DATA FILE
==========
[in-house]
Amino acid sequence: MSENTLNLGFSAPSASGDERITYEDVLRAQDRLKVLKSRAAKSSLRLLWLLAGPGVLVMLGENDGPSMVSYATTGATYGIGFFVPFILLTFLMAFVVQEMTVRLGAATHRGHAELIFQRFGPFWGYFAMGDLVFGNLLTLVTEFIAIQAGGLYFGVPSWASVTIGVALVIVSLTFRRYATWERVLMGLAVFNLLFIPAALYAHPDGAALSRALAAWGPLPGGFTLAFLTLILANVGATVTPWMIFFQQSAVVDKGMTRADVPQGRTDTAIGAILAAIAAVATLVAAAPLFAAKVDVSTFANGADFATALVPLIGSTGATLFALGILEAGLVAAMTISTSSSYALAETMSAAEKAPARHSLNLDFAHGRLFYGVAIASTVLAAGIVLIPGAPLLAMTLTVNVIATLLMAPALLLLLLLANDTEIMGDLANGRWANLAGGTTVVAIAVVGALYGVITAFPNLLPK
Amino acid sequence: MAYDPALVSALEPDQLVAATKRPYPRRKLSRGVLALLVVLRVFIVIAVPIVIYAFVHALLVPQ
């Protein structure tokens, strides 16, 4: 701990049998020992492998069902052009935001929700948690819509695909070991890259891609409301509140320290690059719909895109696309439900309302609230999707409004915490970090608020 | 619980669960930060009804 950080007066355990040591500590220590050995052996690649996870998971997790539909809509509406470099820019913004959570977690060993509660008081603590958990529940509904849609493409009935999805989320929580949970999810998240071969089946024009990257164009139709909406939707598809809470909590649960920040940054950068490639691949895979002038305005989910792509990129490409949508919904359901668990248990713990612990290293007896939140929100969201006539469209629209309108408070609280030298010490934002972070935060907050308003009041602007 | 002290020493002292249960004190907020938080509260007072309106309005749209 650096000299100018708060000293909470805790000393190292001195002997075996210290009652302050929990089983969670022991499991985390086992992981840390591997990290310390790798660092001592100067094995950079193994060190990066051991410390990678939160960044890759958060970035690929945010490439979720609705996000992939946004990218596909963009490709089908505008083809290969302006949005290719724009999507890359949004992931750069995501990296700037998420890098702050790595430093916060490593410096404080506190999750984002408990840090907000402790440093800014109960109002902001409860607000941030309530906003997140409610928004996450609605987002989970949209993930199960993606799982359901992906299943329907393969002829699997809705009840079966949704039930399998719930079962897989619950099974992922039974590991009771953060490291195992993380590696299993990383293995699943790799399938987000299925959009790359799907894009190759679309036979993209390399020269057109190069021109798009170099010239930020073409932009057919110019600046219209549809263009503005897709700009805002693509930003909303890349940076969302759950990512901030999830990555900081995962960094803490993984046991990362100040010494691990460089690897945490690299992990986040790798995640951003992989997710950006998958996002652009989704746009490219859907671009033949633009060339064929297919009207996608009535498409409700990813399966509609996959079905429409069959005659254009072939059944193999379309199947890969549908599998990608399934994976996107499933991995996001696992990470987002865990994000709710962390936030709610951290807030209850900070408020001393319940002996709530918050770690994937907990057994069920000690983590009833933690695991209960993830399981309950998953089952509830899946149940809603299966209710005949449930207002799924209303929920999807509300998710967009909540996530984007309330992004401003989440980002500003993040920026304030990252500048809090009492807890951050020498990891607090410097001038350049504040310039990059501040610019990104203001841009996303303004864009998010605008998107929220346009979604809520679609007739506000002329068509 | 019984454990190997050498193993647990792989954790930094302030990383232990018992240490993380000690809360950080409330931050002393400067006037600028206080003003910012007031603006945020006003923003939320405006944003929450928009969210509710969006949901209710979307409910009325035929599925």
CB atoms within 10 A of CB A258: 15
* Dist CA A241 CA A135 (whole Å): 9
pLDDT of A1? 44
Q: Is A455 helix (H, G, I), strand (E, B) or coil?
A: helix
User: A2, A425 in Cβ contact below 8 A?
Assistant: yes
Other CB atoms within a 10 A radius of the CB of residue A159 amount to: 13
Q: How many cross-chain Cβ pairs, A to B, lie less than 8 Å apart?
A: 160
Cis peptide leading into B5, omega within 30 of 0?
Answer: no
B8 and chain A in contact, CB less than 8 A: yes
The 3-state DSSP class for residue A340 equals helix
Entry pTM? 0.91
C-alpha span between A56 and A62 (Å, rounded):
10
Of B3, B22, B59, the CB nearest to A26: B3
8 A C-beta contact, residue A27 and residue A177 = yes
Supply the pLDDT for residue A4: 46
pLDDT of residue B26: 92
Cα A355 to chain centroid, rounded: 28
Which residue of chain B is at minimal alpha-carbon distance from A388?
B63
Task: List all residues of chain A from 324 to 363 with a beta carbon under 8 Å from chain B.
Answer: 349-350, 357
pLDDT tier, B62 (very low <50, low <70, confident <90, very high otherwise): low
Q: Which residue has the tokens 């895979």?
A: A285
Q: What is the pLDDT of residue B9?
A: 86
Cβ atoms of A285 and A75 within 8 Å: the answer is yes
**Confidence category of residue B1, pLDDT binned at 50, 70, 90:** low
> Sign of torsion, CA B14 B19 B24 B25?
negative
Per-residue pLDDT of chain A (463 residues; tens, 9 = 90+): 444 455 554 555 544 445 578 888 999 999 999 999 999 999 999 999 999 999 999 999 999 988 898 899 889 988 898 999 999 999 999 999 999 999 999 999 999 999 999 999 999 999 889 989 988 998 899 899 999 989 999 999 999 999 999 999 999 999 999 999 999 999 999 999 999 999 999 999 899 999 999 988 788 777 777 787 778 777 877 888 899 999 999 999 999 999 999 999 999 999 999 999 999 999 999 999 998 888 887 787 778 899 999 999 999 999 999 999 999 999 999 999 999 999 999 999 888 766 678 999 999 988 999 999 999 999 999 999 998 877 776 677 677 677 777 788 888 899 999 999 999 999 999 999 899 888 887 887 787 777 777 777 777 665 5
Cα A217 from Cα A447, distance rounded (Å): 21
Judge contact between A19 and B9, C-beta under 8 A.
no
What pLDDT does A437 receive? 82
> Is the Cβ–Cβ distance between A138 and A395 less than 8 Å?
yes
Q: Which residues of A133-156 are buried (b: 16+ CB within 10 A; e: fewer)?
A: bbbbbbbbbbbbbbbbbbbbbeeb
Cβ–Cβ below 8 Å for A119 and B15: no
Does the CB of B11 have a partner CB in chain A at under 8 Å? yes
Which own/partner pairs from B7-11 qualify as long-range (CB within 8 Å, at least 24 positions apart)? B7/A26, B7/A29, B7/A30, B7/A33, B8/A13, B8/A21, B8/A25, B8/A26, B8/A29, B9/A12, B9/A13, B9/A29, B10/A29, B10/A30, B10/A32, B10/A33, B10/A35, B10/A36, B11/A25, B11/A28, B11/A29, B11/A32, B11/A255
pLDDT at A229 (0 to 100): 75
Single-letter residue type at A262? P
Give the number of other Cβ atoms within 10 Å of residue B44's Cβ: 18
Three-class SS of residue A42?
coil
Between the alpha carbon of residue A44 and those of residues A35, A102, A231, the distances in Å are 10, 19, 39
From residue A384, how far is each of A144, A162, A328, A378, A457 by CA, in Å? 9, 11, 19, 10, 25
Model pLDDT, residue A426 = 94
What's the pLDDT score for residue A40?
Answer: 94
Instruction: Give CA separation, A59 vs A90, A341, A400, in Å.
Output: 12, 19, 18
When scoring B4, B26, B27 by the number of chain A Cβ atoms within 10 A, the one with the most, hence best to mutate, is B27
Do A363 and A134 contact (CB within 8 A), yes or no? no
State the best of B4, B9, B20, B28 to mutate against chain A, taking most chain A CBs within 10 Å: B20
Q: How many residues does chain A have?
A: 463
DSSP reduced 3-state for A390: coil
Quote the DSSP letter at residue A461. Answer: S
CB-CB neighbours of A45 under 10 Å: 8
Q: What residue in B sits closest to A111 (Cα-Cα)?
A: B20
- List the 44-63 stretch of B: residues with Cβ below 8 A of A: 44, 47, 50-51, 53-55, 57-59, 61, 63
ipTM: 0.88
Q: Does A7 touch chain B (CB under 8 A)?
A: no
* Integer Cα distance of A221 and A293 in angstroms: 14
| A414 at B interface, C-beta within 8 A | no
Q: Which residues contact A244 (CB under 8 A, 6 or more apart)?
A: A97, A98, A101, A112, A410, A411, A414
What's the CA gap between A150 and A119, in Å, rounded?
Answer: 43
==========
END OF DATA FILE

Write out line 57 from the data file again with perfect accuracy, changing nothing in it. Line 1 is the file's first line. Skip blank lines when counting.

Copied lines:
Between the alpha carbon of residue A44 and those of residues A35, A102, A231, the distances in Å are 10, 19, 39